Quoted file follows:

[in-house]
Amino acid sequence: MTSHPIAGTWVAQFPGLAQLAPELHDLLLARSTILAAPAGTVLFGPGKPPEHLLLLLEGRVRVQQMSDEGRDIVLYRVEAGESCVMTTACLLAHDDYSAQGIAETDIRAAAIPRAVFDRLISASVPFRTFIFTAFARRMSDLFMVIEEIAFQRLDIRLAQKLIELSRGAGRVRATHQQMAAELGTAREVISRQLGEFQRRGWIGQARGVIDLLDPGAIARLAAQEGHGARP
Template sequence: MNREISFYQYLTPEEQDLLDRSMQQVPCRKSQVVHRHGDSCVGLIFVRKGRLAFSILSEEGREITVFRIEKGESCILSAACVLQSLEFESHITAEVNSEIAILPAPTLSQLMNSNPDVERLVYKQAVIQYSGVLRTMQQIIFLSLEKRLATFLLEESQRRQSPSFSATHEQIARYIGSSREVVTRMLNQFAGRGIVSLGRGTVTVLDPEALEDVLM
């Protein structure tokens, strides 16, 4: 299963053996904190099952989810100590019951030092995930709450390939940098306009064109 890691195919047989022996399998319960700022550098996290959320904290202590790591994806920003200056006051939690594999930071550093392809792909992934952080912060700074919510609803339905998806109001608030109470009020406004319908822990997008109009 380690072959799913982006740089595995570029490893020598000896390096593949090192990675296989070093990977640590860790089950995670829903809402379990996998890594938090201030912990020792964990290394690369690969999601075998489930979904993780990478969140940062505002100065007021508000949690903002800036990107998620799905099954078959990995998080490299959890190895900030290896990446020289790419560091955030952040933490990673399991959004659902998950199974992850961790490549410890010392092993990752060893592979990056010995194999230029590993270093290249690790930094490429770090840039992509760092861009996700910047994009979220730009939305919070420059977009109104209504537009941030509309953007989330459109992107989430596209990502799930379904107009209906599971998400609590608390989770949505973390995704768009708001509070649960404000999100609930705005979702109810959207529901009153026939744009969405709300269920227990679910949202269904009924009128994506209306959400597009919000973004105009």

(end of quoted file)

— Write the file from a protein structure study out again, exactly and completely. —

[in-house]
Amino acid sequence: MTSHPIAGTWVAQFPGLAQLAPELHDLLLARSTILAAPAGTVLFGPGKPPEHLLLLLEGRVRVQQMSDEGRDIVLYRVEAGESCVMTTACLLAHDDYSAQGIAETDIRAAAIPRAVFDRLISASVPFRTFIFTAFARRMSDLFMVIEEIAFQRLDIRLAQKLIELSRGAGRVRATHQQMAAELGTAREVISRQLGEFQRRGWIGQARGVIDLLDPGAIARLAAQEGHGARP
Template sequence: MNREISFYQYLTPEEQDLLDRSMQQVPCRKSQVVHRHGDSCVGLIFVRKGRLAFSILSEEGREITVFRIEKGESCILSAACVLQSLEFESHITAEVNSEIAILPAPTLSQLMNSNPDVERLVYKQAVIQYSGVLRTMQQIIFLSLEKRLATFLLEESQRRQSPSFSATHEQIARYIGSSREVVTRMLNQFAGRGIVSLGRGTVTVLDPEALEDVLM
């Protein structure tokens, strides 16, 4: 299963053996904190099952989810100590019951030092995930709450390939940098306009064109 890691195919047989022996399998319960700022550098996290959320904290202590790591994806920003200056006051939690594999930071550093392809792909992934952080912060700074919510609803339905998806109001608030109470009020406004319908822990997008109009 380690072959799913982006740089595995570029490893020598000896390096593949090192990675296989070093990977640590860790089950995670829903809402379990996998890594938090201030912990020792964990290394690369690969999601075998489930979904993780990478969140940062505002100065007021508000949690903002800036990107998620799905099954078959990995998080490299959890190895900030290896990446020289790419560091955030952040933490990673399991959004659902998950199974992850961790490549410890010392092993990752060893592979990056010995194999230029590993270093290249690790930094490429770090840039992509760092861009996700910047994009979220730009939305919070420059977009109104209504537009941030509309953007989330459109992107989430596209990502799930379904107009209906599971998400609590608390989770949505973390995704768009708001509070649960404000999100609930705005979702109810959207529901009153026939744009969405709300269920227990679910949202269904009924009128994506209306959400597009919000973004105009």